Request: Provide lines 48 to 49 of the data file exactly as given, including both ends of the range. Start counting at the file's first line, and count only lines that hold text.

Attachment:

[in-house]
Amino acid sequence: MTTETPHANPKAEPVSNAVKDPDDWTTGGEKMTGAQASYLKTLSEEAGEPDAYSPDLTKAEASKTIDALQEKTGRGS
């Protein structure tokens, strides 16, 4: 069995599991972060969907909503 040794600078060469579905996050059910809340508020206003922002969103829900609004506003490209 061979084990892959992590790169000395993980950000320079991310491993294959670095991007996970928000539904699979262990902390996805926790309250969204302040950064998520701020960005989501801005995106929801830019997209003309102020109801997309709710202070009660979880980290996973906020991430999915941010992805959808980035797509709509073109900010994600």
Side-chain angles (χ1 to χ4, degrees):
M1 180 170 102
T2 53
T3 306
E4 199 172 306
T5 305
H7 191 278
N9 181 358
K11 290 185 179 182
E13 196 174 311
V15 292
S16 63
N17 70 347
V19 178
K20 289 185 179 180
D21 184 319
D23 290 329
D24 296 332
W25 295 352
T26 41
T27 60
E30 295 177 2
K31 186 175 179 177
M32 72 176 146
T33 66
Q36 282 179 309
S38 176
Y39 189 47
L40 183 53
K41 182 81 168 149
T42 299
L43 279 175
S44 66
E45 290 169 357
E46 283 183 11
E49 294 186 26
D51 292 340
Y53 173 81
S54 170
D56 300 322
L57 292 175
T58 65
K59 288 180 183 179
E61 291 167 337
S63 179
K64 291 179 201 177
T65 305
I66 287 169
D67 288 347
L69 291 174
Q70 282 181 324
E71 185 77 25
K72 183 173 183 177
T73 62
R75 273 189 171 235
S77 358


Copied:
S63 179
K64 291 179 201 177